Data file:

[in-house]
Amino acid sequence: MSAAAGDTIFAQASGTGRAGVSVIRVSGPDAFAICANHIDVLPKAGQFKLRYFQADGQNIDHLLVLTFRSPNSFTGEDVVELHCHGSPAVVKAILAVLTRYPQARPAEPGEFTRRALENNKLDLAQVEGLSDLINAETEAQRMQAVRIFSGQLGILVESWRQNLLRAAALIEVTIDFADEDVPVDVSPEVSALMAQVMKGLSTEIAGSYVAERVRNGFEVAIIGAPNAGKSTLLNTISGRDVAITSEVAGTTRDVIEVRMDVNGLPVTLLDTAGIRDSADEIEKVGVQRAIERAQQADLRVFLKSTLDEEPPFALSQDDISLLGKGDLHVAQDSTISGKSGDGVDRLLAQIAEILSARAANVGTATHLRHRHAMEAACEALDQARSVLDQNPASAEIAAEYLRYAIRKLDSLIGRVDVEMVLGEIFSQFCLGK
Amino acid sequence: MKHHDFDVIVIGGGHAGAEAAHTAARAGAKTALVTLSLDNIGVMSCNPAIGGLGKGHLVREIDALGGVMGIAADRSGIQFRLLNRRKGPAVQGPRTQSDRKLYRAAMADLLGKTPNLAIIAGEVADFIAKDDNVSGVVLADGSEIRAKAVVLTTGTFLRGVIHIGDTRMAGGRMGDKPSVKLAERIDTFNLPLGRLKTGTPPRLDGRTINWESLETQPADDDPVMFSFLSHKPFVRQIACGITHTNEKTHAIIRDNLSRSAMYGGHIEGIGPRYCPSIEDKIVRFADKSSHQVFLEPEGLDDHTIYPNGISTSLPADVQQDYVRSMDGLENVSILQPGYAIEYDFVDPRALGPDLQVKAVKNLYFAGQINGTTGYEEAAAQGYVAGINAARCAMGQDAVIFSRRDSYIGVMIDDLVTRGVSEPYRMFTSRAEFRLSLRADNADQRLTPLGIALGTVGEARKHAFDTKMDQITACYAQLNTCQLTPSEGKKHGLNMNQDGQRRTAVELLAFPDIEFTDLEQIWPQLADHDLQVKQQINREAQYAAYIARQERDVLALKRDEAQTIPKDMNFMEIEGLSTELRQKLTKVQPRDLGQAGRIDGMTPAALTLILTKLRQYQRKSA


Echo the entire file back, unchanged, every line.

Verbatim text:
[in-house]
Amino acid sequence: MSAAAGDTIFAQASGTGRAGVSVIRVSGPDAFAICANHIDVLPKAGQFKLRYFQADGQNIDHLLVLTFRSPNSFTGEDVVELHCHGSPAVVKAILAVLTRYPQARPAEPGEFTRRALENNKLDLAQVEGLSDLINAETEAQRMQAVRIFSGQLGILVESWRQNLLRAAALIEVTIDFADEDVPVDVSPEVSALMAQVMKGLSTEIAGSYVAERVRNGFEVAIIGAPNAGKSTLLNTISGRDVAITSEVAGTTRDVIEVRMDVNGLPVTLLDTAGIRDSADEIEKVGVQRAIERAQQADLRVFLKSTLDEEPPFALSQDDISLLGKGDLHVAQDSTISGKSGDGVDRLLAQIAEILSARAANVGTATHLRHRHAMEAACEALDQARSVLDQNPASAEIAAEYLRYAIRKLDSLIGRVDVEMVLGEIFSQFCLGK
Amino acid sequence: MKHHDFDVIVIGGGHAGAEAAHTAARAGAKTALVTLSLDNIGVMSCNPAIGGLGKGHLVREIDALGGVMGIAADRSGIQFRLLNRRKGPAVQGPRTQSDRKLYRAAMADLLGKTPNLAIIAGEVADFIAKDDNVSGVVLADGSEIRAKAVVLTTGTFLRGVIHIGDTRMAGGRMGDKPSVKLAERIDTFNLPLGRLKTGTPPRLDGRTINWESLETQPADDDPVMFSFLSHKPFVRQIACGITHTNEKTHAIIRDNLSRSAMYGGHIEGIGPRYCPSIEDKIVRFADKSSHQVFLEPEGLDDHTIYPNGISTSLPADVQQDYVRSMDGLENVSILQPGYAIEYDFVDPRALGPDLQVKAVKNLYFAGQINGTTGYEEAAAQGYVAGINAARCAMGQDAVIFSRRDSYIGVMIDDLVTRGVSEPYRMFTSRAEFRLSLRADNADQRLTPLGIALGTVGEARKHAFDTKMDQITACYAQLNTCQLTPSEGKKHGLNMNQDGQRRTAVELLAFPDIEFTDLEQIWPQLADHDLQVKQQINREAQYAAYIARQERDVLALKRDEAQTIPKDMNFMEIEGLSTELRQKLTKVQPRDLGQAGRIDGMTPAALTLILTKLRQYQRKSA